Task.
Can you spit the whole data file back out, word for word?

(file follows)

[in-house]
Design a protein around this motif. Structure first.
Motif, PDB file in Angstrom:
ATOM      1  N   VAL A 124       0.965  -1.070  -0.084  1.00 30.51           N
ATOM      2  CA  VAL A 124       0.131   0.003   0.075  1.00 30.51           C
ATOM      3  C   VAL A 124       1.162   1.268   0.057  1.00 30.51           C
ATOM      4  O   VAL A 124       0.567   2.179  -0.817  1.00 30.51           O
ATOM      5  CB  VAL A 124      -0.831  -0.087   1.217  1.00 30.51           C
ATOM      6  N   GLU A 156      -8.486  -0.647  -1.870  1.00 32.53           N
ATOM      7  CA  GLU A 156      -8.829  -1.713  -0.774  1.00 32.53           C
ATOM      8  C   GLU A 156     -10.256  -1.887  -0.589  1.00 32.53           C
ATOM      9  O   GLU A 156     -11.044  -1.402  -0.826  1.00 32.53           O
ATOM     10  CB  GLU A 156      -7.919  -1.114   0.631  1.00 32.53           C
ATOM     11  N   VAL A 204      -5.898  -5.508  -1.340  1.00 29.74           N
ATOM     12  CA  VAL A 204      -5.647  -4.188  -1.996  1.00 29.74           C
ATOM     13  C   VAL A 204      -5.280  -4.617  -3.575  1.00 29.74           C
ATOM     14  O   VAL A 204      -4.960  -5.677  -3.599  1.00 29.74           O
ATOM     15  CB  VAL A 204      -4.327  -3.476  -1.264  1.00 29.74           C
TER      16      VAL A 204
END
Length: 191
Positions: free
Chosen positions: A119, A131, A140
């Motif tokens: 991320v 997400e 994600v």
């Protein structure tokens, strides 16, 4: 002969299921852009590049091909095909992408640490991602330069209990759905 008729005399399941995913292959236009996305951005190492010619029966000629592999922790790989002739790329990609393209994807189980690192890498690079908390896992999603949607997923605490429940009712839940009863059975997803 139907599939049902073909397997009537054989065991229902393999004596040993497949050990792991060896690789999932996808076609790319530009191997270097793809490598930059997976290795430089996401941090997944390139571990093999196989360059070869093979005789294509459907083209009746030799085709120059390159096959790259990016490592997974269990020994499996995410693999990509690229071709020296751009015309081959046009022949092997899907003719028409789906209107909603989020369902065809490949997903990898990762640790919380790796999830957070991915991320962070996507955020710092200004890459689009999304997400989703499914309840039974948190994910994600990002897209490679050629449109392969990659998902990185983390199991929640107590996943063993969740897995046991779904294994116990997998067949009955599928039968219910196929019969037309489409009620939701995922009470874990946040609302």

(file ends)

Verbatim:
[in-house]
Design a protein around this motif. Structure first.
Motif, PDB file in Angstrom:
ATOM      1  N   VAL A 124       0.965  -1.070  -0.084  1.00 30.51           N
ATOM      2  CA  VAL A 124       0.131   0.003   0.075  1.00 30.51           C
ATOM      3  C   VAL A 124       1.162   1.268   0.057  1.00 30.51           C
ATOM      4  O   VAL A 124       0.567   2.179  -0.817  1.00 30.51           O
ATOM      5  CB  VAL A 124      -0.831  -0.087   1.217  1.00 30.51           C
ATOM      6  N   GLU A 156      -8.486  -0.647  -1.870  1.00 32.53           N
ATOM      7  CA  GLU A 156      -8.829  -1.713  -0.774  1.00 32.53           C
ATOM      8  C   GLU A 156     -10.256  -1.887  -0.589  1.00 32.53           C
ATOM      9  O   GLU A 156     -11.044  -1.402  -0.826  1.00 32.53           O
ATOM     10  CB  GLU A 156      -7.919  -1.114   0.631  1.00 32.53           C
ATOM     11  N   VAL A 204      -5.898  -5.508  -1.340  1.00 29.74           N
ATOM     12  CA  VAL A 204      -5.647  -4.188  -1.996  1.00 29.74           C
ATOM     13  C   VAL A 204      -5.280  -4.617  -3.575  1.00 29.74           C
ATOM     14  O   VAL A 204      -4.960  -5.677  -3.599  1.00 29.74           O
ATOM     15  CB  VAL A 204      -4.327  -3.476  -1.264  1.00 29.74           C
TER      16      VAL A 204
END
Length: 191
Positions: free
Chosen positions: A119, A131, A140
């Motif tokens: 991320v 997400e 994600v």
């Protein structure tokens, strides 16, 4: 002969299921852009590049091909095909992408640490991602330069209990759905 008729005399399941995913292959236009996305951005190492010619029966000629592999922790790989002739790329990609393209994807189980690192890498690079908390896992999603949607997923605490429940009712839940009863059975997803 139907599939049902073909397997009537054989065991229902393999004596040993497949050990792991060896690789999932996808076609790319530009191997270097793809490598930059997976290795430089996401941090997944390139571990093999196989360059070869093979005789294509459907083209009746030799085709120059390159096959790259990016490592997974269990020994499996995410693999990509690229071709020296751009015309081959046009022949092997899907003719028409789906209107909603989020369902065809490949997903990898990762640790919380790796999830957070991915991320962070996507955020710092200004890459689009999304997400989703499914309840039974948190994910994600990002897209490679050629449109392969990659998902990185983390199991929640107590996943063993969740897995046991779904294994116990997998067949009955599928039968219910196929019969037309489409009620939701995922009470874990946040609302």